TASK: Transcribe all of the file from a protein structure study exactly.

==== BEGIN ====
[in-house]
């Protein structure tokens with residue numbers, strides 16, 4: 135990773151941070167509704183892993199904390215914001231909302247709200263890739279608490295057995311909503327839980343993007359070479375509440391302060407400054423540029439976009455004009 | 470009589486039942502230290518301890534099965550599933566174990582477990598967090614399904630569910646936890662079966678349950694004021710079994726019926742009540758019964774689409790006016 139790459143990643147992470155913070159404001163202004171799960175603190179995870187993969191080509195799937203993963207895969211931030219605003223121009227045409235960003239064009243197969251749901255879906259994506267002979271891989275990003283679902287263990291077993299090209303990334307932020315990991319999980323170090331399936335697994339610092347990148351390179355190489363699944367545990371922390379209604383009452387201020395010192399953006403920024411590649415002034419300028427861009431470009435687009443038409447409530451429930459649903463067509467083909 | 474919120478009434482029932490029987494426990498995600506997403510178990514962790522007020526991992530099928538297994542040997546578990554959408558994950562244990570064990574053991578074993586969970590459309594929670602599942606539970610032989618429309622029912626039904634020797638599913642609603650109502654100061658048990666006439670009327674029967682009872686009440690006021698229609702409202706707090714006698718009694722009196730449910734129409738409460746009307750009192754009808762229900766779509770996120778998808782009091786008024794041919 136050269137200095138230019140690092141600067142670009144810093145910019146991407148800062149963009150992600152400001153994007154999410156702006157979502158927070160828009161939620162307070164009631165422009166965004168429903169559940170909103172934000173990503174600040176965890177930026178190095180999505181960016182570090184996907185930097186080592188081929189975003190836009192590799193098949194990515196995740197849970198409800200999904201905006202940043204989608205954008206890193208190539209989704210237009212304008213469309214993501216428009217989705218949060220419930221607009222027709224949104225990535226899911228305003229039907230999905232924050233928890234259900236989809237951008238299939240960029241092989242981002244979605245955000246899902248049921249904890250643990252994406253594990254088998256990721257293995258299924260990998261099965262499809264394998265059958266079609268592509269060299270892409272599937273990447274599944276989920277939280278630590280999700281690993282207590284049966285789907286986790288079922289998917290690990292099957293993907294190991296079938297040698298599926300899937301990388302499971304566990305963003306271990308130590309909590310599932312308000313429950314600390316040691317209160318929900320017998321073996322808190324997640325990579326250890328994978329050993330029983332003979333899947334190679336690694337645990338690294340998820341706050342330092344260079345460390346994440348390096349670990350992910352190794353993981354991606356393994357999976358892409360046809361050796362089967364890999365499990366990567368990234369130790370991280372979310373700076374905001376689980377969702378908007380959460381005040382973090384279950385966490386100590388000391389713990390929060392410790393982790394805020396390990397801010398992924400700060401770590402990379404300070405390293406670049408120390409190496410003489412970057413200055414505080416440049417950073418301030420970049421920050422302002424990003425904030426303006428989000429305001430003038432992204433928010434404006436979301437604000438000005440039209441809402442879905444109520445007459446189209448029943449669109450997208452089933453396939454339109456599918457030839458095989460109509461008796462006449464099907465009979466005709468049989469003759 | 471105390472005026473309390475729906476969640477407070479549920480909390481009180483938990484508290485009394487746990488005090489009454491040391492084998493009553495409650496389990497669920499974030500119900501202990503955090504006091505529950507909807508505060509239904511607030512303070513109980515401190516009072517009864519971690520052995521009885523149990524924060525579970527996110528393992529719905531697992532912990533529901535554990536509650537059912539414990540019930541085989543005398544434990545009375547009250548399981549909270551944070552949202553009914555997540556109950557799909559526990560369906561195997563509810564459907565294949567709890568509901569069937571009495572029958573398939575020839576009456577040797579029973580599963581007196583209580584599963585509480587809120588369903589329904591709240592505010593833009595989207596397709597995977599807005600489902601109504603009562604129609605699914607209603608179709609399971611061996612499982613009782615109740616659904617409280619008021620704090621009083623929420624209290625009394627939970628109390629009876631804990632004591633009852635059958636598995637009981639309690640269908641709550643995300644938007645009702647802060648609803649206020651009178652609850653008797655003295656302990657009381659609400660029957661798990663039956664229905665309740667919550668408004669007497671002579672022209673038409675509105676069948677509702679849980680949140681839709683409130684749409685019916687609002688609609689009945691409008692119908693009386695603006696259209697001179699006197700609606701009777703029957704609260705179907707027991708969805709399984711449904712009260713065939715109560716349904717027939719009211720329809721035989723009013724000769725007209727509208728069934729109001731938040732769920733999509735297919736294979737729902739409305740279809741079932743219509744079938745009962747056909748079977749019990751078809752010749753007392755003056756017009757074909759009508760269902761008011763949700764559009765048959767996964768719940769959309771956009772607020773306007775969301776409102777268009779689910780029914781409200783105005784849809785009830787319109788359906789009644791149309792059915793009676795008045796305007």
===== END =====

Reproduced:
[in-house]
């Protein structure tokens with residue numbers, strides 16, 4: 135990773151941070167509704183892993199904390215914001231909302247709200263890739279608490295057995311909503327839980343993007359070479375509440391302060407400054423540029439976009455004009 | 470009589486039942502230290518301890534099965550599933566174990582477990598967090614399904630569910646936890662079966678349950694004021710079994726019926742009540758019964774689409790006016 139790459143990643147992470155913070159404001163202004171799960175603190179995870187993969191080509195799937203993963207895969211931030219605003223121009227045409235960003239064009243197969251749901255879906259994506267002979271891989275990003283679902287263990291077993299090209303990334307932020315990991319999980323170090331399936335697994339610092347990148351390179355190489363699944367545990371922390379209604383009452387201020395010192399953006403920024411590649415002034419300028427861009431470009435687009443038409447409530451429930459649903463067509467083909 | 474919120478009434482029932490029987494426990498995600506997403510178990514962790522007020526991992530099928538297994542040997546578990554959408558994950562244990570064990574053991578074993586969970590459309594929670602599942606539970610032989618429309622029912626039904634020797638599913642609603650109502654100061658048990666006439670009327674029967682009872686009440690006021698229609702409202706707090714006698718009694722009196730449910734129409738409460746009307750009192754009808762229900766779509770996120778998808782009091786008024794041919 136050269137200095138230019140690092141600067142670009144810093145910019146991407148800062149963009150992600152400001153994007154999410156702006157979502158927070160828009161939620162307070164009631165422009166965004168429903169559940170909103172934000173990503174600040176965890177930026178190095180999505181960016182570090184996907185930097186080592188081929189975003190836009192590799193098949194990515196995740197849970198409800200999904201905006202940043204989608205954008206890193208190539209989704210237009212304008213469309214993501216428009217989705218949060220419930221607009222027709224949104225990535226899911228305003229039907230999905232924050233928890234259900236989809237951008238299939240960029241092989242981002244979605245955000246899902248049921249904890250643990252994406253594990254088998256990721257293995258299924260990998261099965262499809264394998265059958266079609268592509269060299270892409272599937273990447274599944276989920277939280278630590280999700281690993282207590284049966285789907286986790288079922289998917290690990292099957293993907294190991296079938297040698298599926300899937301990388302499971304566990305963003306271990308130590309909590310599932312308000313429950314600390316040691317209160318929900320017998321073996322808190324997640325990579326250890328994978329050993330029983332003979333899947334190679336690694337645990338690294340998820341706050342330092344260079345460390346994440348390096349670990350992910352190794353993981354991606356393994357999976358892409360046809361050796362089967364890999365499990366990567368990234369130790370991280372979310373700076374905001376689980377969702378908007380959460381005040382973090384279950385966490386100590388000391389713990390929060392410790393982790394805020396390990397801010398992924400700060401770590402990379404300070405390293406670049408120390409190496410003489412970057413200055414505080416440049417950073418301030420970049421920050422302002424990003425904030426303006428989000429305001430003038432992204433928010434404006436979301437604000438000005440039209441809402442879905444109520445007459446189209448029943449669109450997208452089933453396939454339109456599918457030839458095989460109509461008796462006449464099907465009979466005709468049989469003759 | 471105390472005026473309390475729906476969640477407070479549920480909390481009180483938990484508290485009394487746990488005090489009454491040391492084998493009553495409650496389990497669920499974030500119900501202990503955090504006091505529950507909807508505060509239904511607030512303070513109980515401190516009072517009864519971690520052995521009885523149990524924060525579970527996110528393992529719905531697992532912990533529901535554990536509650537059912539414990540019930541085989543005398544434990545009375547009250548399981549909270551944070552949202553009914555997540556109950557799909559526990560369906561195997563509810564459907565294949567709890568509901569069937571009495572029958573398939575020839576009456577040797579029973580599963581007196583209580584599963585509480587809120588369903589329904591709240592505010593833009595989207596397709597995977599807005600489902601109504603009562604129609605699914607209603608179709609399971611061996612499982613009782615109740616659904617409280619008021620704090621009083623929420624209290625009394627939970628109390629009876631804990632004591633009852635059958636598995637009981639309690640269908641709550643995300644938007645009702647802060648609803649206020651009178652609850653008797655003295656302990657009381659609400660029957661798990663039956664229905665309740667919550668408004669007497671002579672022209673038409675509105676069948677509702679849980680949140681839709683409130684749409685019916687609002688609609689009945691409008692119908693009386695603006696259209697001179699006197700609606701009777703029957704609260705179907707027991708969805709399984711449904712009260713065939715109560716349904717027939719009211720329809721035989723009013724000769725007209727509208728069934729109001731938040732769920733999509735297919736294979737729902739409305740279809741079932743219509744079938745009962747056909748079977749019990751078809752010749753007392755003056756017009757074909759009508760269902761008011763949700764559009765048959767996964768719940769959309771956009772607020773306007775969301776409102777268009779689910780029914781409200783105005784849809785009830787319109788359906789009644791149309792059915793009676795008045796305007």